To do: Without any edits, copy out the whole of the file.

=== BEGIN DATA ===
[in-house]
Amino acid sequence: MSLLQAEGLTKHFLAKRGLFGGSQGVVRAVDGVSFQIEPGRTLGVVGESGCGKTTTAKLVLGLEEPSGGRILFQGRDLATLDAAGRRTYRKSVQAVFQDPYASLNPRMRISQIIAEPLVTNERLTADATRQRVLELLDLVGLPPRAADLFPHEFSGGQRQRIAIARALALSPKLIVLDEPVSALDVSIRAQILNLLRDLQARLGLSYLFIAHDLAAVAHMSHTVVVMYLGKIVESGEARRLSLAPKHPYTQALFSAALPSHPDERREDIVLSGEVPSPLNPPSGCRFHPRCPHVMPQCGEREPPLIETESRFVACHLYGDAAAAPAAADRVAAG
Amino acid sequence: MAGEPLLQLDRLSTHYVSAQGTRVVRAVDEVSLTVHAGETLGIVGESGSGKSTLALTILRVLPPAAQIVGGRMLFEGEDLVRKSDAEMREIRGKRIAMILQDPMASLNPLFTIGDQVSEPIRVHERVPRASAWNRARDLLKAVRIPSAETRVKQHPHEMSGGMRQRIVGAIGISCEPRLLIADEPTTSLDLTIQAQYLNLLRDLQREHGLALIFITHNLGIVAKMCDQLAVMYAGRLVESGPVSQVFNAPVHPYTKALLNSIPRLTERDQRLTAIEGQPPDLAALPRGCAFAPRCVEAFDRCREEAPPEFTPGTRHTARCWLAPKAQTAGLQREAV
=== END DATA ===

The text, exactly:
[in-house]
Amino acid sequence: MSLLQAEGLTKHFLAKRGLFGGSQGVVRAVDGVSFQIEPGRTLGVVGESGCGKTTTAKLVLGLEEPSGGRILFQGRDLATLDAAGRRTYRKSVQAVFQDPYASLNPRMRISQIIAEPLVTNERLTADATRQRVLELLDLVGLPPRAADLFPHEFSGGQRQRIAIARALALSPKLIVLDEPVSALDVSIRAQILNLLRDLQARLGLSYLFIAHDLAAVAHMSHTVVVMYLGKIVESGEARRLSLAPKHPYTQALFSAALPSHPDERREDIVLSGEVPSPLNPPSGCRFHPRCPHVMPQCGEREPPLIETESRFVACHLYGDAAAAPAAADRVAAG
Amino acid sequence: MAGEPLLQLDRLSTHYVSAQGTRVVRAVDEVSLTVHAGETLGIVGESGSGKSTLALTILRVLPPAAQIVGGRMLFEGEDLVRKSDAEMREIRGKRIAMILQDPMASLNPLFTIGDQVSEPIRVHERVPRASAWNRARDLLKAVRIPSAETRVKQHPHEMSGGMRQRIVGAIGISCEPRLLIADEPTTSLDLTIQAQYLNLLRDLQREHGLALIFITHNLGIVAKMCDQLAVMYAGRLVESGPVSQVFNAPVHPYTKALLNSIPRLTERDQRLTAIEGQPPDLAALPRGCAFAPRCVEAFDRCREEAPPEFTPGTRHTARCWLAPKAQTAGLQREAV